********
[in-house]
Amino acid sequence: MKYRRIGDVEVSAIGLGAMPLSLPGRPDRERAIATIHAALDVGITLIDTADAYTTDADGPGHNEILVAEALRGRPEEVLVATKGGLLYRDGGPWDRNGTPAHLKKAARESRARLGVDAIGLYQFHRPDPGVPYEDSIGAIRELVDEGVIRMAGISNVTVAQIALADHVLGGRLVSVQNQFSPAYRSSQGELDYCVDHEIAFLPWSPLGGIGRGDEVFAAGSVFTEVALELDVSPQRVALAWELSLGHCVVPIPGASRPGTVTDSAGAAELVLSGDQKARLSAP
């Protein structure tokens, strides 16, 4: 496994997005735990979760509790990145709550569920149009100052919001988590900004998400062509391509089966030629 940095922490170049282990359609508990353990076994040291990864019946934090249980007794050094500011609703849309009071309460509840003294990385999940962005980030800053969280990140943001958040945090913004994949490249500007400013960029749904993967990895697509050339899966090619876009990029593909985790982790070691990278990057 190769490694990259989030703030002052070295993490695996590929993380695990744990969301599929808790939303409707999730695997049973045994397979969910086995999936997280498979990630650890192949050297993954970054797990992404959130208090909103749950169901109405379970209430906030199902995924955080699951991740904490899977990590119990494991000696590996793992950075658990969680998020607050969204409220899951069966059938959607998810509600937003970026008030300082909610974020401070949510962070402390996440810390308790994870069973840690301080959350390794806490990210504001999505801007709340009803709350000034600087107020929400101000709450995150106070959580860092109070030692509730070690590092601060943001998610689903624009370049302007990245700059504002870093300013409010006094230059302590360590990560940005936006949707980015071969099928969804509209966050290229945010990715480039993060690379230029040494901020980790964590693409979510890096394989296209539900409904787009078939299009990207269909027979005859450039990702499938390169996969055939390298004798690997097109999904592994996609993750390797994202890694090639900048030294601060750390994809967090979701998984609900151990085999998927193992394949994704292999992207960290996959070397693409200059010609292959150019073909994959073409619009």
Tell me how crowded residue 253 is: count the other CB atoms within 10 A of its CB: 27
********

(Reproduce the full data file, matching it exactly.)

[in-house]
Amino acid sequence: MKYRRIGDVEVSAIGLGAMPLSLPGRPDRERAIATIHAALDVGITLIDTADAYTTDADGPGHNEILVAEALRGRPEEVLVATKGGLLYRDGGPWDRNGTPAHLKKAARESRARLGVDAIGLYQFHRPDPGVPYEDSIGAIRELVDEGVIRMAGISNVTVAQIALADHVLGGRLVSVQNQFSPAYRSSQGELDYCVDHEIAFLPWSPLGGIGRGDEVFAAGSVFTEVALELDVSPQRVALAWELSLGHCVVPIPGASRPGTVTDSAGAAELVLSGDQKARLSAP
């Protein structure tokens, strides 16, 4: 496994997005735990979760509790990145709550569920149009100052919001988590900004998400062509391509089966030629 940095922490170049282990359609508990353990076994040291990864019946934090249980007794050094500011609703849309009071309460509840003294990385999940962005980030800053969280990140943001958040945090913004994949490249500007400013960029749904993967990895697509050339899966090619876009990029593909985790982790070691990278990057 190769490694990259989030703030002052070295993490695996590929993380695990744990969301599929808790939303409707999730695997049973045994397979969910086995999936997280498979990630650890192949050297993954970054797990992404959130208090909103749950169901109405379970209430906030199902995924955080699951991740904490899977990590119990494991000696590996793992950075658990969680998020607050969204409220899951069966059938959607998810509600937003970026008030300082909610974020401070949510962070402390996440810390308790994870069973840690301080959350390794806490990210504001999505801007709340009803709350000034600087107020929400101000709450995150106070959580860092109070030692509730070690590092601060943001998610689903624009370049302007990245700059504002870093300013409010006094230059302590360590990560940005936006949707980015071969099928969804509209966050290229945010990715480039993060690379230029040494901020980790964590693409979510890096394989296209539900409904787009078939299009990207269909027979005859450039990702499938390169996969055939390298004798690997097109999904592994996609993750390797994202890694090639900048030294601060750390994809967090979701998984609900151990085999998927193992394949994704292999992207960290996959070397693409200059010609292959150019073909994959073409619009």
Tell me how crowded residue 253 is: count the other CB atoms within 10 A of its CB: 27